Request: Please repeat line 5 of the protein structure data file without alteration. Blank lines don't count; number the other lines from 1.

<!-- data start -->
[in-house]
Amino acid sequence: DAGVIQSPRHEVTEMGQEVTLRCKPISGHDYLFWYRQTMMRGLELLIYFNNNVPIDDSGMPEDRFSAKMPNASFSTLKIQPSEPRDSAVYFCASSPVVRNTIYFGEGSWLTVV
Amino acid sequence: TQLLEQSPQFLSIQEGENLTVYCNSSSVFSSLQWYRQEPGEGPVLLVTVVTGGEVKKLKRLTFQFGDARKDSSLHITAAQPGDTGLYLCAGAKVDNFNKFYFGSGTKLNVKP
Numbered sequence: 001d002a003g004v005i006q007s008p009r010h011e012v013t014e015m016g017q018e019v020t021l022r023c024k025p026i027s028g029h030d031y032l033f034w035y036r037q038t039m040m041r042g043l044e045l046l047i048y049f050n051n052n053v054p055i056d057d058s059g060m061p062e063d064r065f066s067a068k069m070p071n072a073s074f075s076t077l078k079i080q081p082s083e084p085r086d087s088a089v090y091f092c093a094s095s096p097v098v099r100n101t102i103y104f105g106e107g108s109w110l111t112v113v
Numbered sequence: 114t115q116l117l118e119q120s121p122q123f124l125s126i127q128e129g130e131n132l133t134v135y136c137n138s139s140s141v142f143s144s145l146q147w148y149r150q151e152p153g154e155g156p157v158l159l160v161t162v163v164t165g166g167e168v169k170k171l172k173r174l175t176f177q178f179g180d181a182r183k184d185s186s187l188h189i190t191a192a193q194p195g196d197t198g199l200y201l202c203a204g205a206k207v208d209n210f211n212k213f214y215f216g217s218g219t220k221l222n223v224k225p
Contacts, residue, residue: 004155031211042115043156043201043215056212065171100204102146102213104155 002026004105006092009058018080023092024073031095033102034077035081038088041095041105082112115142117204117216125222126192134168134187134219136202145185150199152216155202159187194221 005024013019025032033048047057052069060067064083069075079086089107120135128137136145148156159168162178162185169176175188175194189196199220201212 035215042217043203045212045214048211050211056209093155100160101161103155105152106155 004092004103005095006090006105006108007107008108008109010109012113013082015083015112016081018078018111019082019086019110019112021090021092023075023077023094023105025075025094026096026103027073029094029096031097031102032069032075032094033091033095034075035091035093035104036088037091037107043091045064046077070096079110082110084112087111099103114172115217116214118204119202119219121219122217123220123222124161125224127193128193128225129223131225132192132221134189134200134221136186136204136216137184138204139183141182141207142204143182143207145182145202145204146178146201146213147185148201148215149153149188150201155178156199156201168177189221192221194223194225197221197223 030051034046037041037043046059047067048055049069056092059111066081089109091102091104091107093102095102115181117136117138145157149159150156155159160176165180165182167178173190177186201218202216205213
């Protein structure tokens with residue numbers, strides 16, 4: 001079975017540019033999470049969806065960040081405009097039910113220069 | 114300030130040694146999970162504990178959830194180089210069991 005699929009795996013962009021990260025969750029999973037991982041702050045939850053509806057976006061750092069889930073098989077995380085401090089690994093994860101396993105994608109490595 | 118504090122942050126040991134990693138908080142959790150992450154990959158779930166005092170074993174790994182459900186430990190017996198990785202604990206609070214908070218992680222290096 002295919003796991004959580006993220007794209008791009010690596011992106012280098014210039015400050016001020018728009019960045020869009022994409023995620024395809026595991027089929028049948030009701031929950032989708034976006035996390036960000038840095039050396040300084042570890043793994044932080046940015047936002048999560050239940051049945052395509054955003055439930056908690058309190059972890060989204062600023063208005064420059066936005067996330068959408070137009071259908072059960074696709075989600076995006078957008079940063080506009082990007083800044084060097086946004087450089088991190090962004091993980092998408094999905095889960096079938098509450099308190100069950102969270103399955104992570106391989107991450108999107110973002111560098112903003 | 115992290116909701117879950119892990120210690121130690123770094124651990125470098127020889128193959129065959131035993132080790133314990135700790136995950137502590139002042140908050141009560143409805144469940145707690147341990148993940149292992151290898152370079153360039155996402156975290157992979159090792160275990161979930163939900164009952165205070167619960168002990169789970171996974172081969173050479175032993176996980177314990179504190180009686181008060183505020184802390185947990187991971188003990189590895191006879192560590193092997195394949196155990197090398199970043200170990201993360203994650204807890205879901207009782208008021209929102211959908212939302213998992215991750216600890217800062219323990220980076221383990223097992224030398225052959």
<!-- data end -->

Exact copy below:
Numbered sequence: 114t115q116l117l118e119q120s121p122q123f124l125s126i127q128e129g130e131n132l133t134v135y136c137n138s139s140s141v142f143s144s145l146q147w148y149r150q151e152p153g154e155g156p157v158l159l160v161t162v163v164t165g166g167e168v169k170k171l172k173r174l175t176f177q178f179g180d181a182r183k184d185s186s187l188h189i190t191a192a193q194p195g196d197t198g199l200y201l202c203a204g205a206k207v208d209n210f211n212k213f214y215f216g217s218g219t220k221l222n223v224k225p